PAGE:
Hello all, I have a quick question; I have always left my ltscale @ 1, but I ran a cross this question on a test.
"What is the Ltscale fact for a drawing plot size=200x150 and limits=(0.00,0.00) (600.00,450.00)
on the test it is multiplt chose 2, 3, 4 and UCSVP
I don't want the answer just how do I figuare ltscalt factor?
Solved! Go to Solution.
No option for 1 (and that is the magical number that evrybody used)
2, 4, ucsvp don't make any sense.
Limits is 3 times the drawing plot size so I picked 3
Will it be the correct answer? I don't know.
If you have a drawing in model space that is 600 x 450 and your going to plot 200 x 150 your LTScale should be set at 3.
E.g. your plot size is 3 x the Limits size.
This test question must be very old because I haven't needed to use LTScale in a long time.
And is there still anyone out there who uses or sets Limits ???
For more recent versions of Autocad you're best to set your LTScale at 1, set your PSLTScale at 1 and set the MSLTScale variable to 1.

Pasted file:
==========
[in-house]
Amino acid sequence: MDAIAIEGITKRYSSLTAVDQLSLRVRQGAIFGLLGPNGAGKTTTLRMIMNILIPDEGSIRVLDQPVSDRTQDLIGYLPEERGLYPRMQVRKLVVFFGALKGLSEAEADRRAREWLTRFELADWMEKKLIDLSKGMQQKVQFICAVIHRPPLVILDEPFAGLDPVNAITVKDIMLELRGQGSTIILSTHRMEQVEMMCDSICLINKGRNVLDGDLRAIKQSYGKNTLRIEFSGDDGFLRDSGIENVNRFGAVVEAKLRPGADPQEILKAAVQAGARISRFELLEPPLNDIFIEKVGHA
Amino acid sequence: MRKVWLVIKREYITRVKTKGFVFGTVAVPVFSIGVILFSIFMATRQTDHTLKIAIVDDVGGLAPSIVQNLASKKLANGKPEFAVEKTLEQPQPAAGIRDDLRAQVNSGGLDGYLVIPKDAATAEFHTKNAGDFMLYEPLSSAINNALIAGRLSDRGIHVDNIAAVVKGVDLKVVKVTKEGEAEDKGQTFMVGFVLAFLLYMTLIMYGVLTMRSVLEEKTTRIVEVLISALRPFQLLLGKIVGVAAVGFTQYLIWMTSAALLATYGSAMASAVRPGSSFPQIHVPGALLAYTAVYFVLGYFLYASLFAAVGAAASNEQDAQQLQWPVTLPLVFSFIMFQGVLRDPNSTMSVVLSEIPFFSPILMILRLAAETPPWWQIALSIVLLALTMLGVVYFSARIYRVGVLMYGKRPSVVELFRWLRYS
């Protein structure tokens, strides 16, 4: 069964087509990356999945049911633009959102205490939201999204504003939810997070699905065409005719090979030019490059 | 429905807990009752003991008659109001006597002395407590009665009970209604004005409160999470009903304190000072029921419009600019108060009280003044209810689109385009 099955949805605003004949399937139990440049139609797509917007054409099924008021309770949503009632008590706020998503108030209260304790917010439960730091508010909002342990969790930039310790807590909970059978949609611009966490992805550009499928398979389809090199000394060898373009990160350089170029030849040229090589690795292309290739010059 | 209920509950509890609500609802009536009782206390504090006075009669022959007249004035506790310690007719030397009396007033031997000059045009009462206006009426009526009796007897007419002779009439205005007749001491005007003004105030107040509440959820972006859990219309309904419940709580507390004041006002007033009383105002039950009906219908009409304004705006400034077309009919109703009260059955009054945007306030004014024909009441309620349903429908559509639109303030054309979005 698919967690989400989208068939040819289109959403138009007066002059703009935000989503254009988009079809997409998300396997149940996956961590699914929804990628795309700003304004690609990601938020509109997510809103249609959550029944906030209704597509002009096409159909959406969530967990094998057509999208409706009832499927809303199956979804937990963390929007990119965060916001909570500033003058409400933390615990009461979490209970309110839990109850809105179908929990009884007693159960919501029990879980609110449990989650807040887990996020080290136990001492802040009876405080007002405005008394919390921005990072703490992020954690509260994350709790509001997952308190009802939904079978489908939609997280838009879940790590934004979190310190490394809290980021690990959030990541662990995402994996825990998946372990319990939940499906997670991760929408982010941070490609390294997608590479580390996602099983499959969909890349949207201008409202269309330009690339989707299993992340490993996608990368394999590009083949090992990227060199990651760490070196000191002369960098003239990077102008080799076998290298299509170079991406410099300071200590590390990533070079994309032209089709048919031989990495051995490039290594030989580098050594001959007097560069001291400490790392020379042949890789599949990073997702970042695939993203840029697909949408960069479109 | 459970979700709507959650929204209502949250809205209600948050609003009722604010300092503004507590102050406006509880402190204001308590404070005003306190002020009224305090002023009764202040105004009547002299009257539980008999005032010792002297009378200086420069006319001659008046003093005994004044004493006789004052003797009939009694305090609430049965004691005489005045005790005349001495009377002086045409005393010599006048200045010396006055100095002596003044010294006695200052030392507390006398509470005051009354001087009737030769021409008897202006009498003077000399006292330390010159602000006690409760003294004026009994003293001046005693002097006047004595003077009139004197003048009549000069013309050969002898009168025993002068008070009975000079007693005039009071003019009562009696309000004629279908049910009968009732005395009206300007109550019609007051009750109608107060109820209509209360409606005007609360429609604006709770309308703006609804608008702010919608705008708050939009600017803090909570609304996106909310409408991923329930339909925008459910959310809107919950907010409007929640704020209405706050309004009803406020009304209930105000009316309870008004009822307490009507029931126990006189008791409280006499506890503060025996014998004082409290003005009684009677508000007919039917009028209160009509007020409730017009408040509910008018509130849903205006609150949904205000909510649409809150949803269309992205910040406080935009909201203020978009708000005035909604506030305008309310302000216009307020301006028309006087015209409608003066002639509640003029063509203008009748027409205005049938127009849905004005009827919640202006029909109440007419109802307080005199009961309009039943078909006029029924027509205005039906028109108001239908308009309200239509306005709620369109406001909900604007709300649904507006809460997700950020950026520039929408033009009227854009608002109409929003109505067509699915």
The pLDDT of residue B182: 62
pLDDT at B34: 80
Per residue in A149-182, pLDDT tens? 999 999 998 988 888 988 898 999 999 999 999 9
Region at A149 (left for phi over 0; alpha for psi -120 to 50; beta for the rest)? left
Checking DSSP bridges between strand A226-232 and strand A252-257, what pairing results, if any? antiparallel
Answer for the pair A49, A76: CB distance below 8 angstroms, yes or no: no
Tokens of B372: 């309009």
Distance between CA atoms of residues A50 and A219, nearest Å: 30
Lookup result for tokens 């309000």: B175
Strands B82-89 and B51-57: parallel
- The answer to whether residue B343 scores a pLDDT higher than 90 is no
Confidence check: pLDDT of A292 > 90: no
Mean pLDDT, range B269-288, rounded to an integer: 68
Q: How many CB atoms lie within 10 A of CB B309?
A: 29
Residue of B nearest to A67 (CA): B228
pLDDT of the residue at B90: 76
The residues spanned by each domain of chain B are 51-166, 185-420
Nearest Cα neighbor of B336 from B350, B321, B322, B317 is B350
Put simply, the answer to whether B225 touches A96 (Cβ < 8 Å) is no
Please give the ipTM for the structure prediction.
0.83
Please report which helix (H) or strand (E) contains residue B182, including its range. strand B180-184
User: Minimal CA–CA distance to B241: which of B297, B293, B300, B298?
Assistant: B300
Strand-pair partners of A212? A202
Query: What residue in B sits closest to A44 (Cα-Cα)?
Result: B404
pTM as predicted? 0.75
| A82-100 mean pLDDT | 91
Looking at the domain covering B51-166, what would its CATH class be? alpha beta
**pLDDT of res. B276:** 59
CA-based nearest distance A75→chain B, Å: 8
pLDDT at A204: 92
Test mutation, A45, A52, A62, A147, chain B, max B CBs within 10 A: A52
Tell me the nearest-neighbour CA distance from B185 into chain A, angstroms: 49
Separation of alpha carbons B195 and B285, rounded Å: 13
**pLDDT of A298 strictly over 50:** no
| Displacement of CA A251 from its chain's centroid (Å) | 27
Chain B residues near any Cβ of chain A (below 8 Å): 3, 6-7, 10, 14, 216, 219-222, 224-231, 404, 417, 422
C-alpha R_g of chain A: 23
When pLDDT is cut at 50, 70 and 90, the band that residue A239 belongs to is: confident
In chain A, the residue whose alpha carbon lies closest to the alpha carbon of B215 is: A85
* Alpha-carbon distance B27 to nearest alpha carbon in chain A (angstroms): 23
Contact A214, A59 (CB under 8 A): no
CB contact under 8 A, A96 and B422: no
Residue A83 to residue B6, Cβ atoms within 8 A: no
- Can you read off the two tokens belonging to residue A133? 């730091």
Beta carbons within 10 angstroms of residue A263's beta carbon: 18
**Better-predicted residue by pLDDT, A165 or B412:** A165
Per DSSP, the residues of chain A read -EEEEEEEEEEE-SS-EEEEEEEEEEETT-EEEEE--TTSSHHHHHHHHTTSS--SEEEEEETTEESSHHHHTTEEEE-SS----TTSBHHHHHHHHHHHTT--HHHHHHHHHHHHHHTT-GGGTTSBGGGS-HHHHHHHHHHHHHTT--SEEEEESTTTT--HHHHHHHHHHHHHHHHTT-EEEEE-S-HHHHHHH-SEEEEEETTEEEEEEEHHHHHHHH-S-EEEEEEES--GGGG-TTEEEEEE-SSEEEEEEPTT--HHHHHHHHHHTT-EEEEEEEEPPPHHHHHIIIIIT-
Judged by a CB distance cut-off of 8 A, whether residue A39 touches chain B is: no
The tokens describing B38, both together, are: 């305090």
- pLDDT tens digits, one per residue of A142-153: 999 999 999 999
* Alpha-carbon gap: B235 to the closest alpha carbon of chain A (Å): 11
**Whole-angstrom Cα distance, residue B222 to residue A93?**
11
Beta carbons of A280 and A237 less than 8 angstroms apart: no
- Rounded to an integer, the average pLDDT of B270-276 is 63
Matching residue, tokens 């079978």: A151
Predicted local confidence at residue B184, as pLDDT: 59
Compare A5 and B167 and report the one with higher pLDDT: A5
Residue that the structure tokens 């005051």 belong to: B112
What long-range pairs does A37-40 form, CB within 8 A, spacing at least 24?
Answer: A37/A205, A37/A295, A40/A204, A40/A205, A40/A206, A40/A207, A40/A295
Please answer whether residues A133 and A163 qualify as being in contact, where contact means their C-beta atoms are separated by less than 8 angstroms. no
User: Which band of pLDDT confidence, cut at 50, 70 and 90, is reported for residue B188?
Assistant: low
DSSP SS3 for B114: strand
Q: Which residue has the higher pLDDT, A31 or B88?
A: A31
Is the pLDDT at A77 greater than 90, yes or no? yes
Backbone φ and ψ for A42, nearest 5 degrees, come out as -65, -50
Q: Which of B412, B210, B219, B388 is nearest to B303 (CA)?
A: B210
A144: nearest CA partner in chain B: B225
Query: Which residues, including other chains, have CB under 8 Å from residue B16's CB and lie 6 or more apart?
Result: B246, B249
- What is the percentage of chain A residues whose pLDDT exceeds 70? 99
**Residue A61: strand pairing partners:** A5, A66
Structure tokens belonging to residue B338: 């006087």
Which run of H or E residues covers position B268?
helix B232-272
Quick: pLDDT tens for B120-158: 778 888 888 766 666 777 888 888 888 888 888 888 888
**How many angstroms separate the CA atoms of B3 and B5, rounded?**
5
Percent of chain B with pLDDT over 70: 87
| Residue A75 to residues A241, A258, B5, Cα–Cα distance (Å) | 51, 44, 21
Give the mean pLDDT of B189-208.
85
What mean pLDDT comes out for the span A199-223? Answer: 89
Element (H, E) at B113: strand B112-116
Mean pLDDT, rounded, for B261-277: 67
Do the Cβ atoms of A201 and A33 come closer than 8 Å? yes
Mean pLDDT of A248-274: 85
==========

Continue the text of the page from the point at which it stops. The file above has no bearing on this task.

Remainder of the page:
Once you have these settings you'll never have to reset LTScale again as your dashed and center linetypes will always show correct in both model and paper space.
..also make sure CELTSCALE is 1...
I'm using ACAD 13 and I've used 12, 10 etc. I have never gotten my ltscale to work correctly set at one. It's usually so difficult to find the right setting I switch to acrmap or something else if I have a lot of line types. I've seen this answer quite often, is there a variable or something I'm missing?
ltscale = 1
msltscale = 1
If you use those settings your linetypes should display pretty good.
You should also never have to reset them when switching from model to paperspace.
Personally, I have LTScale at 0.5 as I like my hidden, dashed and centerline closer spaced.
That's just personal preference.
All I get is a continuous line. Does it have anything to do with then number of vertex on the line? They are always lwpolylines too, could that be it? Any suggestions would help, I've been trying to figure out why this doesn't work for me for a long time.